We’re living in such torrid times that it’s easy to find a topic to get frustrated about. However, one problem that has existed since the dawn of time needs a solution. You know what I’m talking about: it’s slow walkers.
We’ve all been there, pottering down the high street, in the shopping centre or wandering into university, only to get stuck behind the slowest walker on the planet. However, if you'll forgive a slightly more controversial opinion, slow walkers as individuals don’t really bother me. It’s the ones who congregate in a massive group and take up the entire path, walking in a line and chuckling at your growing frustration at not being able to get past.
Although perhaps not at the top of the priority list, this is a call for walking lanes to be introduced. One for fast walkers, the other for slow, to prevent me from silently venting and giving the annoyed eyes at these slowcoaches.
Mental health has been a huge issue in the UK for the last 10 years with more and more people beginning to accept the mind as an area which can also be greatly affected.
Now even universities seem to have taken into account the rising problem, with each student having a mentor and a list of people they can contact if they ever feel they need to. Not only has the support team doubled but lectures and seminars have also become less harrowing for the young mind. In years previous students were expected to speak up in lectures, sharing their work and their ideas, whereas today, while students are still encouraged to share their work, there is no pressure, meaning that those more anxious students are not triggered, while more confident students are still able to share their opinion.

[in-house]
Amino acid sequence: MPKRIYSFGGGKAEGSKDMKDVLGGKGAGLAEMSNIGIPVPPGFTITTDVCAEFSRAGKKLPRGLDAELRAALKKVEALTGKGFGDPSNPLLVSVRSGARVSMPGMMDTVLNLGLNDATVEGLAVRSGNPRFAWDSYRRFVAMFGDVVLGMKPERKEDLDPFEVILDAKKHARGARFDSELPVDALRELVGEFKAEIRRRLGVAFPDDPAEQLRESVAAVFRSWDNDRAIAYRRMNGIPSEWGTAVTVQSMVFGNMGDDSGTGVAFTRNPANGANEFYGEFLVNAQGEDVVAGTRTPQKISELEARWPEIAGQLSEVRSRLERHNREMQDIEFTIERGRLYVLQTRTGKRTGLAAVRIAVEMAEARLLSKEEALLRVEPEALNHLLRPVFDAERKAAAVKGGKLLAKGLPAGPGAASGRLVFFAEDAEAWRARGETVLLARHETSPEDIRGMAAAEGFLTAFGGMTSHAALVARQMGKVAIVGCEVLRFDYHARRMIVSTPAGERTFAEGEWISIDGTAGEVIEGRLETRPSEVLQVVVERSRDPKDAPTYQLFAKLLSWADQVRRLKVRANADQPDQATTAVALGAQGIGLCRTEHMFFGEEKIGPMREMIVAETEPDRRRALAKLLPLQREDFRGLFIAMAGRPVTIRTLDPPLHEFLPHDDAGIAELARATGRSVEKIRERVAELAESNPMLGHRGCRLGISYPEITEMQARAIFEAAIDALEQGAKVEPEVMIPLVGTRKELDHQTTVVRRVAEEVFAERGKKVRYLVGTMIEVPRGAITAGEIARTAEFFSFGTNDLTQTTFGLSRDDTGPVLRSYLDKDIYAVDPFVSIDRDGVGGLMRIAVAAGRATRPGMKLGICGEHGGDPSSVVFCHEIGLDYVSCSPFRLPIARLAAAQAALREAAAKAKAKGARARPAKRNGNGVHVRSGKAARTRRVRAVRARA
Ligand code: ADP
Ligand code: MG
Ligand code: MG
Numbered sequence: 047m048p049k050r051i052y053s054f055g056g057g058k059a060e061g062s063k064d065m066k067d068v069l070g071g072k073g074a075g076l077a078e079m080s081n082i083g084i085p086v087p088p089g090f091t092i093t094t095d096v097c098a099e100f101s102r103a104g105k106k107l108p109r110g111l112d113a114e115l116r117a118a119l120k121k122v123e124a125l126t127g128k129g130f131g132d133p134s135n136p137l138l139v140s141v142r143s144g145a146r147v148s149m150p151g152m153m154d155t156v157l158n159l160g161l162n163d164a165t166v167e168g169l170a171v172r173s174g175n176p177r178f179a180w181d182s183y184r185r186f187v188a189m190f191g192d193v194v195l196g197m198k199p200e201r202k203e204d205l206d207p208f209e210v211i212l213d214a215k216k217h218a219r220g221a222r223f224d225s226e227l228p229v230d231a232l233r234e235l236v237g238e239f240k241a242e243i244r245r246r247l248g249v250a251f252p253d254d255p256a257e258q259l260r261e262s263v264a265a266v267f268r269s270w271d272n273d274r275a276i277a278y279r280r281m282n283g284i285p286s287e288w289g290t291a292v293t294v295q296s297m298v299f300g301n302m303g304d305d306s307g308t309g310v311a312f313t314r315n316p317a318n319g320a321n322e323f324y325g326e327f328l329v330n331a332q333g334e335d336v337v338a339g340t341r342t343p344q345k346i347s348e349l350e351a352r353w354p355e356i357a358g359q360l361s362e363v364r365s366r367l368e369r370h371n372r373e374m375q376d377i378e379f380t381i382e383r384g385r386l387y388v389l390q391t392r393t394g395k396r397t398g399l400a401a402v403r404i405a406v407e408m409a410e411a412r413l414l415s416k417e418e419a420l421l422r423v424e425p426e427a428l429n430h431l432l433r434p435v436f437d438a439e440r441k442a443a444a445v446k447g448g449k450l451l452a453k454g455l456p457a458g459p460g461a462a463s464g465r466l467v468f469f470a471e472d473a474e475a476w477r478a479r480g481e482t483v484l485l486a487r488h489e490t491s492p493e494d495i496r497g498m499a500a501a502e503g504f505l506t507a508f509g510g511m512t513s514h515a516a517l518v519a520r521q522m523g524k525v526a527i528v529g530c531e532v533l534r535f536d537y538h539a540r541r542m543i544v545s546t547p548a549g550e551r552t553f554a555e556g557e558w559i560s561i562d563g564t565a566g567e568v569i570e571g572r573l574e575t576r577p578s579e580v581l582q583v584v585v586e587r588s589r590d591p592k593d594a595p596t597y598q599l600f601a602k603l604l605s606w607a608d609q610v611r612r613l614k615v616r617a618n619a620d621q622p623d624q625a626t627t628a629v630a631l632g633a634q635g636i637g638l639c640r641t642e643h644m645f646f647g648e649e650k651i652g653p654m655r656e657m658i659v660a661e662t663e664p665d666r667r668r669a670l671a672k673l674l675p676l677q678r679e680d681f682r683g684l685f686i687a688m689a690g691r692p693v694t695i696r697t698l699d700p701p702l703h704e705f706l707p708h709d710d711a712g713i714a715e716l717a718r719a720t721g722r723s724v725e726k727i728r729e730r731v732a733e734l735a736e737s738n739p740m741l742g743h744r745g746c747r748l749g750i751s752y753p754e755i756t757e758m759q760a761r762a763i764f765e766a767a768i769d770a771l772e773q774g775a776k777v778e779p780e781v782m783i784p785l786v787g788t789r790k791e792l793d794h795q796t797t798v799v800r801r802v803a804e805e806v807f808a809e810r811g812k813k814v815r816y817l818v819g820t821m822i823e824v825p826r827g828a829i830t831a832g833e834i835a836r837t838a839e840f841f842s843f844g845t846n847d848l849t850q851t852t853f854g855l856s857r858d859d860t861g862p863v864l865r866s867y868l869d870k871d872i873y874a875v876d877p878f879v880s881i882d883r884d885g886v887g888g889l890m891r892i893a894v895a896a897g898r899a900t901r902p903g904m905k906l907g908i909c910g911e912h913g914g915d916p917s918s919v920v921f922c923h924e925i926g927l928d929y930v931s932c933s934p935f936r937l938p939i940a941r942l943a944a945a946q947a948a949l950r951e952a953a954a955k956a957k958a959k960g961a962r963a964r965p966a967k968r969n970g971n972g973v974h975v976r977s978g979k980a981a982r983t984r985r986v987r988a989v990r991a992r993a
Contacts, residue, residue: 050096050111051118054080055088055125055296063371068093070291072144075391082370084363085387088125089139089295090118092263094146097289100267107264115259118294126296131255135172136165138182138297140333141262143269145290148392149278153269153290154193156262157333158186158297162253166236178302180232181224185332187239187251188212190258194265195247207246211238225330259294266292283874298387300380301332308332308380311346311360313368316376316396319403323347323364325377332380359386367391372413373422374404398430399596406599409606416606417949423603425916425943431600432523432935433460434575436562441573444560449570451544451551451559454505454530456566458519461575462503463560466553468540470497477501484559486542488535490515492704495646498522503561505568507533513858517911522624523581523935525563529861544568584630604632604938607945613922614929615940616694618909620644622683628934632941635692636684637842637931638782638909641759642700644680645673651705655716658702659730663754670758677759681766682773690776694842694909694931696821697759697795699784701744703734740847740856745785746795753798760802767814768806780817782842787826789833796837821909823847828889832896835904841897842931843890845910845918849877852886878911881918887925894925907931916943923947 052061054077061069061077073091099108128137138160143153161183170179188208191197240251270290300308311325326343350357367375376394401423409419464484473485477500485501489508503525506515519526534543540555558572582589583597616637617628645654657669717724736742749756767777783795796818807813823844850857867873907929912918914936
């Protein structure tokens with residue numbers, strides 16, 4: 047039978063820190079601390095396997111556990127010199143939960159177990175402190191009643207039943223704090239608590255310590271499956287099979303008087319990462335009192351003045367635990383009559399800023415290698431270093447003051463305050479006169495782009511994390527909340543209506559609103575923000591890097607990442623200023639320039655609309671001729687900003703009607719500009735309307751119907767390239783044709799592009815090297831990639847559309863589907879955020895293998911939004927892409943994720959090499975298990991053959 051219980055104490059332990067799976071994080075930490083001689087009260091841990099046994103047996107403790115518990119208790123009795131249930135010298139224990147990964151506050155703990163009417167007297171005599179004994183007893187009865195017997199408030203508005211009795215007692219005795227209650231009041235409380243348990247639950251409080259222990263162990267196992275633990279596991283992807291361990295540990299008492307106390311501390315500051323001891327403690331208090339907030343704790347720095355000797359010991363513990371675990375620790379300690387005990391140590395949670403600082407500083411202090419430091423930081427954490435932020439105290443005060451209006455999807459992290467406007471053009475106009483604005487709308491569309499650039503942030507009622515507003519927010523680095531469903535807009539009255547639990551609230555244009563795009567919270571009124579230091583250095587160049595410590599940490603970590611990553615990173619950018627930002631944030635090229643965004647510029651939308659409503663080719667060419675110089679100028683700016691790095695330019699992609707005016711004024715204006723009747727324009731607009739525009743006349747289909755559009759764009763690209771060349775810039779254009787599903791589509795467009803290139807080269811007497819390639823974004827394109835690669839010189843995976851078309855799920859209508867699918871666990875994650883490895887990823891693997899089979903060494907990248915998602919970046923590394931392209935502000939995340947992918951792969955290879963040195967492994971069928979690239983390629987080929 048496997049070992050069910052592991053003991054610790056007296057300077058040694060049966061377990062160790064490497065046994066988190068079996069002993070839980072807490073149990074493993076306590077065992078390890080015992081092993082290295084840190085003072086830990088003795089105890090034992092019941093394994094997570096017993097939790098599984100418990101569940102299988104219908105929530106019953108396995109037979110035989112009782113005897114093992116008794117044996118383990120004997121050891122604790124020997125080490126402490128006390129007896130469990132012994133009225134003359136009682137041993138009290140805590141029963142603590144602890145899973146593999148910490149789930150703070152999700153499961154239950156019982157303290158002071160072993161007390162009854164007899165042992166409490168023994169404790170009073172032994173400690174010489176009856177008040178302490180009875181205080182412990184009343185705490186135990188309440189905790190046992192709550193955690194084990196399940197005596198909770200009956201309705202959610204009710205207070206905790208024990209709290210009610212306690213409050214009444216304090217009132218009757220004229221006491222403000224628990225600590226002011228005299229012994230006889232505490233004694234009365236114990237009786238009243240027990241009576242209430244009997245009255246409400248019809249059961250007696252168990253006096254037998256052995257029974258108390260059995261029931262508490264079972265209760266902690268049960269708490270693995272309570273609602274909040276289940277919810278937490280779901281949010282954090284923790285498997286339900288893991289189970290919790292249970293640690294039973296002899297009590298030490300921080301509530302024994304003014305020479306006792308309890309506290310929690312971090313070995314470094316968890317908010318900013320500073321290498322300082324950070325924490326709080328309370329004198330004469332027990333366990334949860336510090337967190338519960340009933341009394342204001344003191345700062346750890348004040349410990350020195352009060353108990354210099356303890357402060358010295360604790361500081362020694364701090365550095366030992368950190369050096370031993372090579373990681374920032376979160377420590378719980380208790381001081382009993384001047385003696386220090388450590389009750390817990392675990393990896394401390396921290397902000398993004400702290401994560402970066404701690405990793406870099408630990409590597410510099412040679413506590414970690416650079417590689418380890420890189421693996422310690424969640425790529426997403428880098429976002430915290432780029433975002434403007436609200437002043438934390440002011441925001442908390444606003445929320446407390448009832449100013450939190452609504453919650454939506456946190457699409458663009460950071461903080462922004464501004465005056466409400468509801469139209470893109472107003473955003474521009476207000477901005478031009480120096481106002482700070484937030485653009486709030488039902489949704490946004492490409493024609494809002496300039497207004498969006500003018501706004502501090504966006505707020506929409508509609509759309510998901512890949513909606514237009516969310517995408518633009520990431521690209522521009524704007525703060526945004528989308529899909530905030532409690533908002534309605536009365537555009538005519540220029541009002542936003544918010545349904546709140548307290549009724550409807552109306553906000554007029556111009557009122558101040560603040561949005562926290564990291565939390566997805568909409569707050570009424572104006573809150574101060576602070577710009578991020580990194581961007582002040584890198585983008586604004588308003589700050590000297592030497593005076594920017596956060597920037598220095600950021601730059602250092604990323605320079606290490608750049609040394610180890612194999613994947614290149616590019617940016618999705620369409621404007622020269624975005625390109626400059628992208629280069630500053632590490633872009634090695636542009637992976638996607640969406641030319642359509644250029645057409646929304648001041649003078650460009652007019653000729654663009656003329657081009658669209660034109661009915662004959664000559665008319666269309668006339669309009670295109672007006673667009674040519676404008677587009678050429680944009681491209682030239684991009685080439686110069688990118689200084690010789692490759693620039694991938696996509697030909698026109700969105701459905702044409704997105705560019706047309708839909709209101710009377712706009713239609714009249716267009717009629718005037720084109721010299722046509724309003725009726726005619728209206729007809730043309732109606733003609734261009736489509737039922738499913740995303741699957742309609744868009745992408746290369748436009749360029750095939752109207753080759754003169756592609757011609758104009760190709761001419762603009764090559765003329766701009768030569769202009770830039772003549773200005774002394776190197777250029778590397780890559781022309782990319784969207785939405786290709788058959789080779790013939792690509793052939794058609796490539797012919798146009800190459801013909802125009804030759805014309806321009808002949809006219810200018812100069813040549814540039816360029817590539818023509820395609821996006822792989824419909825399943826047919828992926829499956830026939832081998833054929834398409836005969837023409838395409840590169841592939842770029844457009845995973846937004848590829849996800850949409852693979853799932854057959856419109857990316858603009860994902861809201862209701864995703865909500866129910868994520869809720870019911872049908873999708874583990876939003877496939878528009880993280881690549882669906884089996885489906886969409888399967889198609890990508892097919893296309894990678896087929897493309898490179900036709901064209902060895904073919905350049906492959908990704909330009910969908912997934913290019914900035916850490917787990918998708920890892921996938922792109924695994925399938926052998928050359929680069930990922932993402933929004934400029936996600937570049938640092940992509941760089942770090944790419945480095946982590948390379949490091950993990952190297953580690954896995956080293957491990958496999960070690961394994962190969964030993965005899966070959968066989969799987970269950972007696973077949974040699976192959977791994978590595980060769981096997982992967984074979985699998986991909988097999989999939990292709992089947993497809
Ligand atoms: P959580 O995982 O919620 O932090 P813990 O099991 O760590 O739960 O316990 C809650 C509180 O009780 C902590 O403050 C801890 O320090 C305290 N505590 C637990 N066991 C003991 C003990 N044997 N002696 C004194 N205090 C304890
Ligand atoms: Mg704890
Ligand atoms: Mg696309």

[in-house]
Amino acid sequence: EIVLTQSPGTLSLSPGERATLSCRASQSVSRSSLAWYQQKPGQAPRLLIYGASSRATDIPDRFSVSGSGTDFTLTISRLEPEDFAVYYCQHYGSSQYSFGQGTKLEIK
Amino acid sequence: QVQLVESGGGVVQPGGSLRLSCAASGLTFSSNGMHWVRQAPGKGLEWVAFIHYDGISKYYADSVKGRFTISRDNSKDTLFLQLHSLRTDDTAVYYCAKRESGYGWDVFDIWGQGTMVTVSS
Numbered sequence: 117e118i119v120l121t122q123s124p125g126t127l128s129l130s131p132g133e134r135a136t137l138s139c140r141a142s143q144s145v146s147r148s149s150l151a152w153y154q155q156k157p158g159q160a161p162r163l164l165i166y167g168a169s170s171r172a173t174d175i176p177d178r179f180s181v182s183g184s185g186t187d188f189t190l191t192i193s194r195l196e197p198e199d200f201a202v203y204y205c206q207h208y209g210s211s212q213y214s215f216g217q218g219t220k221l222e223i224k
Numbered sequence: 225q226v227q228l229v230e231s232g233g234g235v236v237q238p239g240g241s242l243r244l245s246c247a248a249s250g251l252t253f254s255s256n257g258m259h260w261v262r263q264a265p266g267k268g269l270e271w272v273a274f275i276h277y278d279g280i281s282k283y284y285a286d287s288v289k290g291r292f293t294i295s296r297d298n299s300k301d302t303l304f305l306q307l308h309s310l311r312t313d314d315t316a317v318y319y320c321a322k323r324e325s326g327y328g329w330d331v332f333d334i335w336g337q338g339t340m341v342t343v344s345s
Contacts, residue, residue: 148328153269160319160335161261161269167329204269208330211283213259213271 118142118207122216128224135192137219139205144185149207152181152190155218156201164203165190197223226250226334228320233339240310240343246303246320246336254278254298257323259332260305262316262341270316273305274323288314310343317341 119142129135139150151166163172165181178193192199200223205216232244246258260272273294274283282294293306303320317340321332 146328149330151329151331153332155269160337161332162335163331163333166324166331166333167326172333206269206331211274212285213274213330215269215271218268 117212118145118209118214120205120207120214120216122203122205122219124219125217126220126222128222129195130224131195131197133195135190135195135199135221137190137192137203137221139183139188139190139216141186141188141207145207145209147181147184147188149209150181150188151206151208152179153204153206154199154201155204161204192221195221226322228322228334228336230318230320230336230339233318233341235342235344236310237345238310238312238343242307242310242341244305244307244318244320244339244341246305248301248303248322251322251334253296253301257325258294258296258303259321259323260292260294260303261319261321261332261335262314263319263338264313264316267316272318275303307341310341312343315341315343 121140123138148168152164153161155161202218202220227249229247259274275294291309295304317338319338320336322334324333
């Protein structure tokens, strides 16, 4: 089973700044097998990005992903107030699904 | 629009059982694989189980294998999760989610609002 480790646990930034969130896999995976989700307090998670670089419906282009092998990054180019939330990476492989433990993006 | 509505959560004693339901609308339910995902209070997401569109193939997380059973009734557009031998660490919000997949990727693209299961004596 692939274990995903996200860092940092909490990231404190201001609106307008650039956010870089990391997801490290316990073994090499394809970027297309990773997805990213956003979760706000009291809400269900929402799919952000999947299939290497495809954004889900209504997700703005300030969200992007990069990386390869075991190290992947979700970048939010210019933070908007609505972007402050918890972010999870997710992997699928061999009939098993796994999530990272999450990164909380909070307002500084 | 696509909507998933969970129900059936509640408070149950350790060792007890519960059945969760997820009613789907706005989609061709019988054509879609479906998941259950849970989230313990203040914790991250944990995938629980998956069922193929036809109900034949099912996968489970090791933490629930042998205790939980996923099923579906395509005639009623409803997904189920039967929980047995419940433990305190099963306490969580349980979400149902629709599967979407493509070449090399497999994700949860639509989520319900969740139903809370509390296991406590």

It would appear mental health campaigning is making a difference: it's now time for global warming campaigning to become successful as well!
The era of British politics that succeeded the Second World War was seen as an age of consensus. Today, we are living through that era’s diametric opposite, entirely unable to tolerate different points of view.
If you ask people who disagree with them, you will be told a Conservative is devoid of all compassion and decency, whereas a Labour voter is stupid, emotional and quick to be “triggered”, or whatever the buzzword is this week. There are valid criticisms for all ideologies, and in only talking to those we agree with – and generalising the views of those we don’t – we lose all sight of what those criticisms are.
Obviously, part of that intellectual incision is recognising that if an ideology involves the spouting of hatred, such as Nazism, it deserves neither respect nor attention, but this doesn’t detract from the fact that the lack of empathy seen in today’s political discourse makes us worse debaters and worse people.